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large amounts of foreign capital. Obviously the people who invested heavily, who supplied the money for the agricultural and commercial development of the countries were the ones who were in the best position to control the direction of their trade. The investment of millions of English and German capital in Argentina, for example, is made, not by sending gold coin to be expended in that country for the purchase of the supplies necessary carry on the industries started, for these supplies could not have been bought in Argentina; but by sending ship-loads of English and German goods to Argentina. In other words, the financing of the industries of a South American country, by the very nature of the processes involved, implies the development of trade with that country. For the things necessary for railroads, manufactories, and all other purposes for which the foreign loans are made, must be brought from abroad, and naturally come from the citizens of the countries in which the loans are placed. In other words, no student of economics needs to have it explained that these foreign loans are made, not in the form of money, but in the form of goods and services. In return, after the industries for which the concessions are granted, and the loans made, have become productive, part of their income goes as exports to pay the interest on the loans, usually to the country whose people advanced the capital. The financing of industries in an undeveloped country by the citizens of another country, therefore, is itself a cause of a certain amount of trade between the two countries. This cause of trade between ourselves and the people of South America has not been of very great moment, although of course a good many Americans, especially in recent years, have secured important concessions from foreign countries in the southern hemisphere.

Again, no explanation of the causes of the smallness of our trade with South American countries in the past, would be adequate without a comparison of the economic condition of those countries up to the present time, with that of our own. They have been and, indeed, still are, largely undeveloped. It is true that some kind of production has been carried on in certain parts of South America, for three centuries or more. been extracted from its mountains, crops have been produced, and cattle have been raised. In other words, all of them are countries which have been in a primitive economic condition, so far as they have been settled and exploited at all—and there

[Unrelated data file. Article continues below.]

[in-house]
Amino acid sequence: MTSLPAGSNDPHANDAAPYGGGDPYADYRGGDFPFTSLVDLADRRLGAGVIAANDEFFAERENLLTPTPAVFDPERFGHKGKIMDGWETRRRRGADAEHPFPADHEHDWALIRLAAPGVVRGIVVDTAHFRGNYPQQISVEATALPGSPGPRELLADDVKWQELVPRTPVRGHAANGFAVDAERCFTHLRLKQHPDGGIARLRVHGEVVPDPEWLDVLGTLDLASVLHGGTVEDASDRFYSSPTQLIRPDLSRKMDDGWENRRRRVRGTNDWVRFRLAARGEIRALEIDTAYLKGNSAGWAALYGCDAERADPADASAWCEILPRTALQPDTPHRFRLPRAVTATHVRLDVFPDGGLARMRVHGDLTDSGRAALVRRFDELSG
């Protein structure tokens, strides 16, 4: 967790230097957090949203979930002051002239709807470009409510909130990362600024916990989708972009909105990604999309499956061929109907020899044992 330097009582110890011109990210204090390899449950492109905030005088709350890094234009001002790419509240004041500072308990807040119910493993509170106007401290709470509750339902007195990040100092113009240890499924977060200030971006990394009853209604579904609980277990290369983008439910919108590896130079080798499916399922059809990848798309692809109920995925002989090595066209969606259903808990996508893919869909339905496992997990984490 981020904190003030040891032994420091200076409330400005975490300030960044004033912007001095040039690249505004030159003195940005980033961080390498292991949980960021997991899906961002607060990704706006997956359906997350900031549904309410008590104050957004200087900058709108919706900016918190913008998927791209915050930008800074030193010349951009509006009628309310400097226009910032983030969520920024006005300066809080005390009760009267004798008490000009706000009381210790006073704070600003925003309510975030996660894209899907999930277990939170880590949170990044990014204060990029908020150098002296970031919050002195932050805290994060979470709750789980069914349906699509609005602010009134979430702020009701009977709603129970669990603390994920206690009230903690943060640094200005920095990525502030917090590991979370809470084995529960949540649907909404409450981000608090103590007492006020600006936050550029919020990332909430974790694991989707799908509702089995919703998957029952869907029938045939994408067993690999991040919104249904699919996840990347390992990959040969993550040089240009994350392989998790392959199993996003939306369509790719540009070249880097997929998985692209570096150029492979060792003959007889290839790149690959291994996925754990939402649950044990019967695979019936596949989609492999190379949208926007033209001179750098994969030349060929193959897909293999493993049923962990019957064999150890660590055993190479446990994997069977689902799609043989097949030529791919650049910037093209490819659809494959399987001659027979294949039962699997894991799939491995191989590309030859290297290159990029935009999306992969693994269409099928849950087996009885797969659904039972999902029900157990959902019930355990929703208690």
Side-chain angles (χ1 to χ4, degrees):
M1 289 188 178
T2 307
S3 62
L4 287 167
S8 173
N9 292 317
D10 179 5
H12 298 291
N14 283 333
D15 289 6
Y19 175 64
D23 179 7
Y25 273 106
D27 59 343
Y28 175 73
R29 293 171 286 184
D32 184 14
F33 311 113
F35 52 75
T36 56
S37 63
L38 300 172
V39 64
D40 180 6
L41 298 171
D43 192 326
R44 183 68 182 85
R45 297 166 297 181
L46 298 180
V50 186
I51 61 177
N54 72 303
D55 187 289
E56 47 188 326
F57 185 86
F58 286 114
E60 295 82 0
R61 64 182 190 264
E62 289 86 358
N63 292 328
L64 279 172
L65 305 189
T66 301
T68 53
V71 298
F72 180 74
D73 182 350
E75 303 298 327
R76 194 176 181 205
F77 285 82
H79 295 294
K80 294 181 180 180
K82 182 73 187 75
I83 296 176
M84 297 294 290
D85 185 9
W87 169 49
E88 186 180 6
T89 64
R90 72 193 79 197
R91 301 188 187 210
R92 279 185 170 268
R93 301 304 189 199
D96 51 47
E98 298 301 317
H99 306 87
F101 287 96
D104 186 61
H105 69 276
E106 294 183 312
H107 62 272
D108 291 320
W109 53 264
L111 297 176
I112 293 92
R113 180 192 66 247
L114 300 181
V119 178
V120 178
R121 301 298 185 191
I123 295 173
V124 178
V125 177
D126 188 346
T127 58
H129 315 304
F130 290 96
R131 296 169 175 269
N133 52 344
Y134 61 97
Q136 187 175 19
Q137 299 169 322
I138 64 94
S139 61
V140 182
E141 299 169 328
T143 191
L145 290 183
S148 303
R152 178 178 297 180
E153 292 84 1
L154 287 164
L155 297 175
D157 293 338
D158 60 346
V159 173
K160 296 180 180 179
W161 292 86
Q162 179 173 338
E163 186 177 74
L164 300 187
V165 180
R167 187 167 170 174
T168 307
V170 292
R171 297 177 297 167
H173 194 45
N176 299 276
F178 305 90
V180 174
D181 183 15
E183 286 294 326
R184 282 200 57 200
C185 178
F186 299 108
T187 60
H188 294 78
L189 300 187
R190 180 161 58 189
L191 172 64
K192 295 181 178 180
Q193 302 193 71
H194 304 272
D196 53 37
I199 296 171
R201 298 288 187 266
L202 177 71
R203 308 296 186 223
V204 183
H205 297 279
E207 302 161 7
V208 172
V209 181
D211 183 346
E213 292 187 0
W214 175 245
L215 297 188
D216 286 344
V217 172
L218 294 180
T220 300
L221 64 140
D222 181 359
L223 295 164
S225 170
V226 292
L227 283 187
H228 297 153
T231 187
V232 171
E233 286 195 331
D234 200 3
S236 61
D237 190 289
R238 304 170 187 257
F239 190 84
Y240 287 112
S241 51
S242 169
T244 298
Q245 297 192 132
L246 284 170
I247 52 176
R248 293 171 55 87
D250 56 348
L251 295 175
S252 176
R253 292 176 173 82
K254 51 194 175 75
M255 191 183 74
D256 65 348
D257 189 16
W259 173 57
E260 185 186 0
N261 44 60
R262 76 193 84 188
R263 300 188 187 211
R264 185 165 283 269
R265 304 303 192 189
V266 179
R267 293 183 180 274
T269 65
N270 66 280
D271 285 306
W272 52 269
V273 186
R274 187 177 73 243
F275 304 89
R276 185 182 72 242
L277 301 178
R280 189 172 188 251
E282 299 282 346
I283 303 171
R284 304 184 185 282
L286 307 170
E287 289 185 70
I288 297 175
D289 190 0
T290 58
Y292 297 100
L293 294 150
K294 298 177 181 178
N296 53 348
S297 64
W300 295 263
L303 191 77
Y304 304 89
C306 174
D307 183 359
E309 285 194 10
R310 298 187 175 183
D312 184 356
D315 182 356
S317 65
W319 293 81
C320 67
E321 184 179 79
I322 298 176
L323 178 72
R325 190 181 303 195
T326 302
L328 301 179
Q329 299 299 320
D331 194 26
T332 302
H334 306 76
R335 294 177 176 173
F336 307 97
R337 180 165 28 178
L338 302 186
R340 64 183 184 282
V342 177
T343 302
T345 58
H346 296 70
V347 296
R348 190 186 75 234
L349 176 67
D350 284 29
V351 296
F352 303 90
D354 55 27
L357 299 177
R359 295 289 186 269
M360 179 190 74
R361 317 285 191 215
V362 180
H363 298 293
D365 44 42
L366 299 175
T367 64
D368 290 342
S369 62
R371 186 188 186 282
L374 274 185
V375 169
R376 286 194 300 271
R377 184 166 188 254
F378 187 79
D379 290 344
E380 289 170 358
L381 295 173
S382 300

Minerals have

are large sections of them which are still unknown territorywhose products have been and are products of the soil. Only raw materials could be furnished by them. If we look at the returns of the articles produced in three or four of the larger ones, Brazil, Argentina, Chile, and Peru, we find coffee, wheat, corn, rubber, nitrates, some cotton and wool, and minerals. What these countries needed by way of exchange in foreign trade was therefore manufactured goods and materials for the exploitation of their natural resources.

If, now, we consider the past economic conditions in our own country, it is obvious at once that no trade of any magnitude would have been possible until a comparatively recent date. We ourselves, have been in the main, an agricultural country. Like our South American neighbors, we have been producing the materials and manufacturing a few of the necessaries of life. We have been exporting wheat, cotton, petroleum, tobacco, and other products of the extractive industries. Obviously there was no basis of exchange here. We could not sell these articles to the people of South America in exchange for their products, because their products are substantially the same. Naturally enough, therefore, the products of the South American countries, like our own, sought European markets in exchange for articles which they, like us, were either not producing at all at home, or were producing in quantities insufficient to meet the home demand on the existing level of prices. A certain change in our own conditions is doubtless one reason why the call for the promotion of South American trade has become louder and more insistent in the past ten or fifteen years. The proportion of our manufactures to our total production and the proportion of manufactured articles in our exports have both been increasing. In other words, we are having now a surplus of manufactured goods beyond what satisfies our home demand at existing prices. The reason for seeking new markets is therefore more urgent than it has ever been with us before.